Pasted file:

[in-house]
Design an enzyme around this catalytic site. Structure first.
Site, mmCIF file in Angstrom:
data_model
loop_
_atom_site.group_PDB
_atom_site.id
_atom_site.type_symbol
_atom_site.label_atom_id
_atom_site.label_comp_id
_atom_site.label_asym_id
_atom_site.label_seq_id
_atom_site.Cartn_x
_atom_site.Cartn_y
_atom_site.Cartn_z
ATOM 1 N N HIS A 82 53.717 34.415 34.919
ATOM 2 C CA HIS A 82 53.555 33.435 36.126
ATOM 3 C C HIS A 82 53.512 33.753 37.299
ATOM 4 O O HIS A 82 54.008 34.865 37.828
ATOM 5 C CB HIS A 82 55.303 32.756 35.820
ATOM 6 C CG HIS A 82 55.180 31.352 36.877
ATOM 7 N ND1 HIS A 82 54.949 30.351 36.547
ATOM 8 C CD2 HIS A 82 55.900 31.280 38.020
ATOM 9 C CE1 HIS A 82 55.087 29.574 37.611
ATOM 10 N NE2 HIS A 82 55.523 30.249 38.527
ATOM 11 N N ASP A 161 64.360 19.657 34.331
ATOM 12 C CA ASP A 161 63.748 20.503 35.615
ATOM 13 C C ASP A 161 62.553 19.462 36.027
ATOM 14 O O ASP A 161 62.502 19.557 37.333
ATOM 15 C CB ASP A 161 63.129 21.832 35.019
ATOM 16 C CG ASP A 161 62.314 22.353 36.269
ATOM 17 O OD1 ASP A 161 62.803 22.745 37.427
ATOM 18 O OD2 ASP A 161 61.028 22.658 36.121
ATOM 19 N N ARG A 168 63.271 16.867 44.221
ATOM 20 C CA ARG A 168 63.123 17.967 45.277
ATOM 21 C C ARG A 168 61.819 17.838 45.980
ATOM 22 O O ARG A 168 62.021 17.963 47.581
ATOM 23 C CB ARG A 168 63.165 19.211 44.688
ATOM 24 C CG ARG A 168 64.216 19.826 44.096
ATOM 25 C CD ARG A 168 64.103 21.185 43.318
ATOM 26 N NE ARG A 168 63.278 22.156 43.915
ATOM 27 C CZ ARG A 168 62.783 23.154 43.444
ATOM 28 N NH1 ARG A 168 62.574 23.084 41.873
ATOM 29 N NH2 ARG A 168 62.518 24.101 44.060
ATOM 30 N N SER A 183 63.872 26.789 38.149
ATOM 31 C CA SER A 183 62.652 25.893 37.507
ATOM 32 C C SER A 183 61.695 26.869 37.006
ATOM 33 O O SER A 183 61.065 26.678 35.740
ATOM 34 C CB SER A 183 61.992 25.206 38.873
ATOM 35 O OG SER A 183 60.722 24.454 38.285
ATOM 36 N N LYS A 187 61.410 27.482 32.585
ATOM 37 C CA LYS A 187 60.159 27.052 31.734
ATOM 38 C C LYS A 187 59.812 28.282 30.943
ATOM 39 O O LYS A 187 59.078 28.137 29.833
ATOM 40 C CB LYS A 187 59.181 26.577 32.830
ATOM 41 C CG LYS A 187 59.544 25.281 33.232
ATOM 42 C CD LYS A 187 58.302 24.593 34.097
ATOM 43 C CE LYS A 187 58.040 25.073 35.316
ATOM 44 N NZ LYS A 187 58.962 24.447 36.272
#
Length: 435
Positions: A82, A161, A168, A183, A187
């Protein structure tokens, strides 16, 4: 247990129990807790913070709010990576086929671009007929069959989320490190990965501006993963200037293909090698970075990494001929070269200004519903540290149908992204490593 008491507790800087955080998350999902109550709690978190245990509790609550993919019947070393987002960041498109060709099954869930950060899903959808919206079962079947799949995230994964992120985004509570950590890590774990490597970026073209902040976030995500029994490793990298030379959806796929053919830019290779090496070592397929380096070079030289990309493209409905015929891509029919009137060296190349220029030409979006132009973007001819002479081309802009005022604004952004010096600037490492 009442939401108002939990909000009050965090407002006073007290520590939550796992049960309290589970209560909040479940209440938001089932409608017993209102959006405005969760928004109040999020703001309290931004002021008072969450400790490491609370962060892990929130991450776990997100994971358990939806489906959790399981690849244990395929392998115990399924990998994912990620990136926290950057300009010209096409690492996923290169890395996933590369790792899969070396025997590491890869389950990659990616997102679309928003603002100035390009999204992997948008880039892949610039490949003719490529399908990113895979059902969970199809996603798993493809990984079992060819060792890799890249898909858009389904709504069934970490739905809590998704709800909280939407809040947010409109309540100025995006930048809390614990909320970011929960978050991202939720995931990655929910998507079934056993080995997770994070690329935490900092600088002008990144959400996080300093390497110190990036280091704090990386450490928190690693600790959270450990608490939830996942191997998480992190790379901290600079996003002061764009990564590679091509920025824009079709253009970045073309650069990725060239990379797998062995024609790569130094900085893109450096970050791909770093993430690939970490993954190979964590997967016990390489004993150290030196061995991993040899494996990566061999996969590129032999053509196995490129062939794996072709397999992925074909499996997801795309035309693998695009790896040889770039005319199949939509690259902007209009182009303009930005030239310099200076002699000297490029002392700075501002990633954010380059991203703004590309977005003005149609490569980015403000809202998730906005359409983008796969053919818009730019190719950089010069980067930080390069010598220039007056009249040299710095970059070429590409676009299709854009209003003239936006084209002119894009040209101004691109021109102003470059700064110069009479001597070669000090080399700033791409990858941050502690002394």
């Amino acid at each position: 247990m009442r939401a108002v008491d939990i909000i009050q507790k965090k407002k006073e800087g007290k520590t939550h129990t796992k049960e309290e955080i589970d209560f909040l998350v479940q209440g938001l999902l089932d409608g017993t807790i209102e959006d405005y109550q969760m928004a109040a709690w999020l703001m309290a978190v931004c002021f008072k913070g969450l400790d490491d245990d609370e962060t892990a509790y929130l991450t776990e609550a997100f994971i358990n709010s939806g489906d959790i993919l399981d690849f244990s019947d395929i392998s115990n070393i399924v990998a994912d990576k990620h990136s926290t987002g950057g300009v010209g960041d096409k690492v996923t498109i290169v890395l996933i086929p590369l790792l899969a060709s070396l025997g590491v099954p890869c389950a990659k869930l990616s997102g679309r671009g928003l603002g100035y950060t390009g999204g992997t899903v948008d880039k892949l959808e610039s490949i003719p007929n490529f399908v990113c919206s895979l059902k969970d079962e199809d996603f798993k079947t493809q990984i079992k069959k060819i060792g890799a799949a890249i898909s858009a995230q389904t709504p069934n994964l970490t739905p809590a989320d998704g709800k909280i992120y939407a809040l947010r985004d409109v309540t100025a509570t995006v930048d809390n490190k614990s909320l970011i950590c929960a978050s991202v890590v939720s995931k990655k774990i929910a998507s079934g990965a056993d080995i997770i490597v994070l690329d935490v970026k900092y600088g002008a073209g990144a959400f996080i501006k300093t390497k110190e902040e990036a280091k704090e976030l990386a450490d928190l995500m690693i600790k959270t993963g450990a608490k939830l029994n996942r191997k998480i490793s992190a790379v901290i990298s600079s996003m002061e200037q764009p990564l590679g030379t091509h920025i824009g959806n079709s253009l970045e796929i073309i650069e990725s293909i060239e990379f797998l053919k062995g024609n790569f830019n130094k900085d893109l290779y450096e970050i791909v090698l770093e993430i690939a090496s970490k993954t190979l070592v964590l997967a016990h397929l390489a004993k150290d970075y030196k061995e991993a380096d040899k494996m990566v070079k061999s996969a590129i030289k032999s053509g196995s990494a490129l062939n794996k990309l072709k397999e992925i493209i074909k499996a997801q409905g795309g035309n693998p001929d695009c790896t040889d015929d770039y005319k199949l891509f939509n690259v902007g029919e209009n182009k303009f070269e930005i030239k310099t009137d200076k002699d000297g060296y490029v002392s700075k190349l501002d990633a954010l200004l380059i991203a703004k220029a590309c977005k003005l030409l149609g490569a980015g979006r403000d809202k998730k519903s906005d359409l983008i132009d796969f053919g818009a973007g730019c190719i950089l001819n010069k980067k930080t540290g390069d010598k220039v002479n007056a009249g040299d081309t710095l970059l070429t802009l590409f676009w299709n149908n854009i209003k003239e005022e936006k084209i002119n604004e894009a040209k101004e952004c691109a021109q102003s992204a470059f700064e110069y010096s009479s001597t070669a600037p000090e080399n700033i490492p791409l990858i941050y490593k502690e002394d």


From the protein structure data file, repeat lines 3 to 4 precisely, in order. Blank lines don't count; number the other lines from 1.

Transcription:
Site, mmCIF file in Angstrom:
data_model